If a child is legally represented in the Children’s Court then the child can elect to a trial by judge or a trial by jury. If a child has no legal representation, the court will order a trial by jury.
A parent or guardian must attend court with the child. A court can adjourn the proceedings to ensure that a parent is aware of the hearing and can order a parent to be present. If a parent does not come to court on an order, they can be fined.
How we can help
My child has been charged – could my child go to jail?
If your child is charged with a serious offence, it is imperative that they get legal representation, as jail time may be in range. Engaging competent youth justice lawyers early can avoid greater complications at trial.
During Police questioning of my child, can anyone else attend?
Before a child is questioned by police, the child must be given the opportunity to speak to a support person and for that support person to be present during the questioning. This is important as children are in a vulnerable position and are unlikely to be aware of their legal rights. If your child is being questioned by police, we can assist you by being a support person to ensure that the police conduct the interview fairly. If a support person or another adult is not present when the child is questioned, the court can refuse to consider the statements made by the child.
Before a child being charged with a serious offence can be interviewed, the police are also required to allow the child to communicate with a friend or relative and contact a lawyer so that they can arrange to be present at the interview.
Representation in court
A child has a right to legal representation for their day in court. We can advocate on behalf of your child at a bail hearing and at trial.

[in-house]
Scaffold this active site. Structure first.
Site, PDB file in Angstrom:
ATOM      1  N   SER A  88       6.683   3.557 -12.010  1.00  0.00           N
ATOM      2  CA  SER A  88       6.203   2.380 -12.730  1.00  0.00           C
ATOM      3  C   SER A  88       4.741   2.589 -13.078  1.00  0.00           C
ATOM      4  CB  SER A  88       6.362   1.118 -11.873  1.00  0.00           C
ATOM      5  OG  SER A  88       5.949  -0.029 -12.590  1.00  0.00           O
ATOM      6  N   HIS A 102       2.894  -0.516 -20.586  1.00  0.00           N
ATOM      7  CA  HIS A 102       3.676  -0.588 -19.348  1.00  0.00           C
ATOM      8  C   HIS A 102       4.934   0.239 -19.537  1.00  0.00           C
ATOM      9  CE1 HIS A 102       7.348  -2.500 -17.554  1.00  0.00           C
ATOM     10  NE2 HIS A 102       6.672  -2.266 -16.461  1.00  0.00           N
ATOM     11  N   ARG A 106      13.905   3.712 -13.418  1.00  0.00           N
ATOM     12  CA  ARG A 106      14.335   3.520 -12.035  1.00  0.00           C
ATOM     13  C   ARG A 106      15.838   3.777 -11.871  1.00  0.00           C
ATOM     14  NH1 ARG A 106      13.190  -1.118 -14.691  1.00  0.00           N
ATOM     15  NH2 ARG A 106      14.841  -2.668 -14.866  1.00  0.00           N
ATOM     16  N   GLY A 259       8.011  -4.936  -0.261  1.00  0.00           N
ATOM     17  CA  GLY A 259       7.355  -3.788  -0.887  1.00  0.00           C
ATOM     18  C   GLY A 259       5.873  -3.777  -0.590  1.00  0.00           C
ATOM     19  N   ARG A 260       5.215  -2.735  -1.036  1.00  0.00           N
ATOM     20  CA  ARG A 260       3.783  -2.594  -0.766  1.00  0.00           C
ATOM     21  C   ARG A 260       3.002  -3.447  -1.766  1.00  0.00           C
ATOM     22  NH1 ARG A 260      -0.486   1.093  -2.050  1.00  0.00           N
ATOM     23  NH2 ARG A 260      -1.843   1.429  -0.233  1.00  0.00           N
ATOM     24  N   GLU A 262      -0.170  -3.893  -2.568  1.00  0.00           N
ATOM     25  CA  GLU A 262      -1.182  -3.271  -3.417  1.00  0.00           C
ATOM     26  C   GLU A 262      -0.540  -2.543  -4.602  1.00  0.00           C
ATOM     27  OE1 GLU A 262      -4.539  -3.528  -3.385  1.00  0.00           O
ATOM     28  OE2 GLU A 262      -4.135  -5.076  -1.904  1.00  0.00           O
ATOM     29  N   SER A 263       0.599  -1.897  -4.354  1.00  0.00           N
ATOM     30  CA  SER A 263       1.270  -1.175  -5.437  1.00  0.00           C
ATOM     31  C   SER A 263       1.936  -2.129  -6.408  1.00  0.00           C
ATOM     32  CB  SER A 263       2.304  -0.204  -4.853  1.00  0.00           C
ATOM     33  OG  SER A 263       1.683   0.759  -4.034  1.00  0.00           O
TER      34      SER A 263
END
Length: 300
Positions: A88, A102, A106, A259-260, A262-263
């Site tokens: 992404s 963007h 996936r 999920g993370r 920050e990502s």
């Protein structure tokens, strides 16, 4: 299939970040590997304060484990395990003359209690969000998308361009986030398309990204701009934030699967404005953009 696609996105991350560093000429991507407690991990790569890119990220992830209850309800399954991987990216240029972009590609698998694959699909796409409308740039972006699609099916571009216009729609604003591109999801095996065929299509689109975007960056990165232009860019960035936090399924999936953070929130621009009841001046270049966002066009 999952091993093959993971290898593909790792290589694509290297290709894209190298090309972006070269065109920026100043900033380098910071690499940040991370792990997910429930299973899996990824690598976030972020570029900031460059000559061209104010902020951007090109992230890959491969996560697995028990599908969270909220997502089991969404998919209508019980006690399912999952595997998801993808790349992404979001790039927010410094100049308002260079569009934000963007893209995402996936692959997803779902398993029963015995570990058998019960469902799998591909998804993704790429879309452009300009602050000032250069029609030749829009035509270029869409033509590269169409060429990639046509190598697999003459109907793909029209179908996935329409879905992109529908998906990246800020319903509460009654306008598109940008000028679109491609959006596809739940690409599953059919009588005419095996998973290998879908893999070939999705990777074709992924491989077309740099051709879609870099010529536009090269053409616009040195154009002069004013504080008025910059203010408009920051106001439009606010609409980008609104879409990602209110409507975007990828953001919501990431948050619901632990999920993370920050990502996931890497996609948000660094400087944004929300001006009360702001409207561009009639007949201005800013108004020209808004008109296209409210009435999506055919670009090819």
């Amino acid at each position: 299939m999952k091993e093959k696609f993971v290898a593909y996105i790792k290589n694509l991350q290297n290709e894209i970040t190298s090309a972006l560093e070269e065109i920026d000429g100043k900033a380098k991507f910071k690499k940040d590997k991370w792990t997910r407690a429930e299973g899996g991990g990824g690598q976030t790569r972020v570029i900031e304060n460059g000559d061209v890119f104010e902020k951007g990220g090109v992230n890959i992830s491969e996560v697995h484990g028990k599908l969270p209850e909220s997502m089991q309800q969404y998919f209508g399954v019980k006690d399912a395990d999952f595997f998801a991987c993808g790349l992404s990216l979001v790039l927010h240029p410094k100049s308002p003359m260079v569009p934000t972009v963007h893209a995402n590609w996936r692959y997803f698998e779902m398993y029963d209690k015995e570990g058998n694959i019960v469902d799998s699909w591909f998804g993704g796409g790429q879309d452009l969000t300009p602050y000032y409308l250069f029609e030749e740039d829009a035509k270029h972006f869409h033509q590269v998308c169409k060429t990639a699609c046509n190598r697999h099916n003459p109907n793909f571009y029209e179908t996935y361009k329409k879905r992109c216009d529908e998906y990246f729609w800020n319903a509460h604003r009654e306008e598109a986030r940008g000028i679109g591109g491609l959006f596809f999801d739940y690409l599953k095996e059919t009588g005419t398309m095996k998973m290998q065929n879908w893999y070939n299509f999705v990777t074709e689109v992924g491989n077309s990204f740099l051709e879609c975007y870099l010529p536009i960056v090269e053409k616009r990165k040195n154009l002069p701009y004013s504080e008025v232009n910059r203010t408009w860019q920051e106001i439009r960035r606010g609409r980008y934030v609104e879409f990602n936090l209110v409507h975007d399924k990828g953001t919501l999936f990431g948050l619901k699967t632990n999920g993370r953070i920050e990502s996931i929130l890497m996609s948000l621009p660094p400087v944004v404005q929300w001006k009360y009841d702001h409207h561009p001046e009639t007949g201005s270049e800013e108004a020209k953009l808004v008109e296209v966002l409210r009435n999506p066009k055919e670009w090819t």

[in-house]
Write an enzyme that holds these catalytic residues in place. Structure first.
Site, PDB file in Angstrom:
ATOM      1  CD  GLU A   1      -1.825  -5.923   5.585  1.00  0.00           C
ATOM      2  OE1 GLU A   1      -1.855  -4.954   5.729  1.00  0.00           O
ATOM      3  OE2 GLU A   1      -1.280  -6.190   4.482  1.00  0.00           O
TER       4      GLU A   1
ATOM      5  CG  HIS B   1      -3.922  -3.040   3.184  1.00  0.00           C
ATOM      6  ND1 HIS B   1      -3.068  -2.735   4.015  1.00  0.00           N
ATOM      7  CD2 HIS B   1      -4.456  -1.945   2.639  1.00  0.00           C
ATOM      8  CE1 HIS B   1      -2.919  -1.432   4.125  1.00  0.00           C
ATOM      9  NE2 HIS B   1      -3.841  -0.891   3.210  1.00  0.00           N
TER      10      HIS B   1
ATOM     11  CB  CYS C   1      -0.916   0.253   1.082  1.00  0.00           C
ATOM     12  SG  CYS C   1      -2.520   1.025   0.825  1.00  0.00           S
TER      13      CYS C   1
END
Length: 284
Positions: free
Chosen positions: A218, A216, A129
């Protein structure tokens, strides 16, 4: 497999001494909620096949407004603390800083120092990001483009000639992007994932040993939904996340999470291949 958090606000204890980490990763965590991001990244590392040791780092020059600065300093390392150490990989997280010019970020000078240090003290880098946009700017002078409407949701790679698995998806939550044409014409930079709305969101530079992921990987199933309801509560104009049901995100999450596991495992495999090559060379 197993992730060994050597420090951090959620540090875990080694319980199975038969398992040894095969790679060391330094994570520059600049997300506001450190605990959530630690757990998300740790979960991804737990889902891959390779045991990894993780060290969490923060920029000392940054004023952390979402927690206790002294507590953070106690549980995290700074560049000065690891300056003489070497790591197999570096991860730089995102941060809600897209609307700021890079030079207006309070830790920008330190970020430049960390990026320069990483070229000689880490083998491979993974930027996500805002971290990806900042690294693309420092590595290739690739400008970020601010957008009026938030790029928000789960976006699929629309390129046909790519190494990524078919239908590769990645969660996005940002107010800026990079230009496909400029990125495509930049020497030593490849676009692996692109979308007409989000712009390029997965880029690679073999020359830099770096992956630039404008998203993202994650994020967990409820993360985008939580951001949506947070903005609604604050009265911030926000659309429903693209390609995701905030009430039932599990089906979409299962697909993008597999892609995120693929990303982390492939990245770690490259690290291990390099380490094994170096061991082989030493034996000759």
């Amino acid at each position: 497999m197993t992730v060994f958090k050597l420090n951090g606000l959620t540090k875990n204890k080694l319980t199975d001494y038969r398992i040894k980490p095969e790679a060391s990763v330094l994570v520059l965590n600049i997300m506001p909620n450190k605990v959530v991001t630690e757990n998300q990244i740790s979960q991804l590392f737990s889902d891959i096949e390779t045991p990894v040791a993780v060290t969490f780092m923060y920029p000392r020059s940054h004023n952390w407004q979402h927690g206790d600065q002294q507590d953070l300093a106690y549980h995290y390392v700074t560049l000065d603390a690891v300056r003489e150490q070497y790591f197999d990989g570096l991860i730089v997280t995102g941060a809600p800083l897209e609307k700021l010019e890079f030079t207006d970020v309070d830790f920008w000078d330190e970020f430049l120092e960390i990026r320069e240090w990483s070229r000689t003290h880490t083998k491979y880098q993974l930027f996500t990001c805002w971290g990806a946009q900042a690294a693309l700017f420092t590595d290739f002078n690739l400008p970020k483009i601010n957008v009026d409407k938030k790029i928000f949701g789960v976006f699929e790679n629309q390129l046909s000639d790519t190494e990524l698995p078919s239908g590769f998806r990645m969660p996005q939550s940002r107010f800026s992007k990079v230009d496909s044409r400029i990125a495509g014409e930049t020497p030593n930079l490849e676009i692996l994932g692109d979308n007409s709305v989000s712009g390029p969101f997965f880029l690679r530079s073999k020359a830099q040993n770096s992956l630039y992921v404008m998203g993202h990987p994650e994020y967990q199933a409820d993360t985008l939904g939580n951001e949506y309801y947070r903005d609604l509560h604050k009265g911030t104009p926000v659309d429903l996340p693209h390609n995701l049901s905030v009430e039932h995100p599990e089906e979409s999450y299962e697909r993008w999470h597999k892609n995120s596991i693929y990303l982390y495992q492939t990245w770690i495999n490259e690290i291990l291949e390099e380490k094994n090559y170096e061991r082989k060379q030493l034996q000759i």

It is essential that a child has legal representation at hearing or trial. Court proceedings are normally daunting for adults, but they are even more so for children. Often children do not understand the full implication of what is taking place, and are in no position to make submissions on the facts of their case. Having a youth justice lawyer also places a third party between the Magistrate and the child, meaning the child does not need to interact with the Magistrate and/or police as much as if they were self-represented.
Help with Sentencing
Youth justice lawyers can also assist in mitigating a sentence, which usually means more lenient penalties imposed upon the child.
Sentencing should take into account the child’s age and maturity and be purposed for the child’s rehabilitation. If the court finds a child guilty of an offence, a Magistrate or Judge may either hand down the sentence the same day or they might adjourn for a few days and request a pre-sentence report. This report is used to assist the Magistrate or Judge in determining what the sentence should be.
A youth justice officer will usually interview the youth before sentencing and may ask some questions about their personal circumstances and questions relating to the offence in order to better understand why the child broke the law. The contents of the report will include information such as the child’s attitude towards the offence and the victim, consequences the child has already experienced and their behaviour since those consequences. The final report is then presented to the Magistrate or Judge who will hand down the sentence. Sentencing options in Queensland include:
- Referral to community conference
- Referral to drug assessment and education session
- Good behaviour
- Community service
As with a trial, it is vital to seek legal advice and representation for sentencing. Youth justice lawyers can often suggest alternative sentencing options and work with both the child and the magistrate in order to reduce the length and severity of a penalty.
If your child has been charged with an offence, or you know someone who has, engaging youth justice lawyers is crucial to ensuring your child receives the help they need. To book an appointment with a youth justice lawyer, contact our office on (07) 3252 0011.
First time in court?
Here's our step-by-step guide to your first court appearance.
Find out how to prepare, and what do do in the courthouse.